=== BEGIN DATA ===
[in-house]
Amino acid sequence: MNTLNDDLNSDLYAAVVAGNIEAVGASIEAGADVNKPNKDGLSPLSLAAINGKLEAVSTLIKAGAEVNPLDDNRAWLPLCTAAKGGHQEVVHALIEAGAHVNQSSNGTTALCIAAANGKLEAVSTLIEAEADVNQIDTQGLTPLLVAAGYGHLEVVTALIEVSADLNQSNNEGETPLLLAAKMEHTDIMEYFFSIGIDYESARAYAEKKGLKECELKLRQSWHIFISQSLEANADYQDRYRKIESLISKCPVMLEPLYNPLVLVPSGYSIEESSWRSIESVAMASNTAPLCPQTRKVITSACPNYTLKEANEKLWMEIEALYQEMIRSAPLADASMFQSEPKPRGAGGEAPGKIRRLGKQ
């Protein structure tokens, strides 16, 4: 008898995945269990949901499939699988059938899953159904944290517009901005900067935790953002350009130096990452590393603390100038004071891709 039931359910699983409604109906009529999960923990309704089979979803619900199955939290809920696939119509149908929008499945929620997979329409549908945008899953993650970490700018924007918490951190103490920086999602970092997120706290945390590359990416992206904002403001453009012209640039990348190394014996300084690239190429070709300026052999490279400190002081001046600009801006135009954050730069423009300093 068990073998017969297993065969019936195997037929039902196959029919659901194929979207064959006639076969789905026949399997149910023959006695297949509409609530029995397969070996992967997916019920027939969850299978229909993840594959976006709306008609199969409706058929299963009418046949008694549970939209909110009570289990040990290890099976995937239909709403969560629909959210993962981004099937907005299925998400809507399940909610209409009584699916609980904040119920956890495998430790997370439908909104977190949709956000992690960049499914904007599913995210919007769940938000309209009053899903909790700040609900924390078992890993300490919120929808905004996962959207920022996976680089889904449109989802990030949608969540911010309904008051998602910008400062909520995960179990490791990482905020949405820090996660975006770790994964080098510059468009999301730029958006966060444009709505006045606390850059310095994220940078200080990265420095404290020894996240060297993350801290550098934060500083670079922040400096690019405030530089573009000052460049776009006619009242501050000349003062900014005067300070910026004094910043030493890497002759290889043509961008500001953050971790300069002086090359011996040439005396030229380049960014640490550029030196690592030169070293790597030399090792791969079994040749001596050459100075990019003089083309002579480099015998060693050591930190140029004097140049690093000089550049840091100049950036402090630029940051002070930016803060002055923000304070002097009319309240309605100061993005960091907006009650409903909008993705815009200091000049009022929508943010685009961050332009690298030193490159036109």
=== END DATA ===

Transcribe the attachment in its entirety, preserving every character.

[in-house]
Amino acid sequence: MNTLNDDLNSDLYAAVVAGNIEAVGASIEAGADVNKPNKDGLSPLSLAAINGKLEAVSTLIKAGAEVNPLDDNRAWLPLCTAAKGGHQEVVHALIEAGAHVNQSSNGTTALCIAAANGKLEAVSTLIEAEADVNQIDTQGLTPLLVAAGYGHLEVVTALIEVSADLNQSNNEGETPLLLAAKMEHTDIMEYFFSIGIDYESARAYAEKKGLKECELKLRQSWHIFISQSLEANADYQDRYRKIESLISKCPVMLEPLYNPLVLVPSGYSIEESSWRSIESVAMASNTAPLCPQTRKVITSACPNYTLKEANEKLWMEIEALYQEMIRSAPLADASMFQSEPKPRGAGGEAPGKIRRLGKQ
């Protein structure tokens, strides 16, 4: 008898995945269990949901499939699988059938899953159904944290517009901005900067935790953002350009130096990452590393603390100038004071891709 039931359910699983409604109906009529999960923990309704089979979803619900199955939290809920696939119509149908929008499945929620997979329409549908945008899953993650970490700018924007918490951190103490920086999602970092997120706290945390590359990416992206904002403001453009012209640039990348190394014996300084690239190429070709300026052999490279400190002081001046600009801006135009954050730069423009300093 068990073998017969297993065969019936195997037929039902196959029919659901194929979207064959006639076969789905026949399997149910023959006695297949509409609530029995397969070996992967997916019920027939969850299978229909993840594959976006709306008609199969409706058929299963009418046949008694549970939209909110009570289990040990290890099976995937239909709403969560629909959210993962981004099937907005299925998400809507399940909610209409009584699916609980904040119920956890495998430790997370439908909104977190949709956000992690960049499914904007599913995210919007769940938000309209009053899903909790700040609900924390078992890993300490919120929808905004996962959207920022996976680089889904449109989802990030949608969540911010309904008051998602910008400062909520995960179990490791990482905020949405820090996660975006770790994964080098510059468009999301730029958006966060444009709505006045606390850059310095994220940078200080990265420095404290020894996240060297993350801290550098934060500083670079922040400096690019405030530089573009000052460049776009006619009242501050000349003062900014005067300070910026004094910043030493890497002759290889043509961008500001953050971790300069002086090359011996040439005396030229380049960014640490550029030196690592030169070293790597030399090792791969079994040749001596050459100075990019003089083309002579480099015998060693050591930190140029004097140049690093000089550049840091100049950036402090630029940051002070930016803060002055923000304070002097009319309240309605100061993005960091907006009650409903909008993705815009200091000049009022929508943010685009961050332009690298030193490159036109």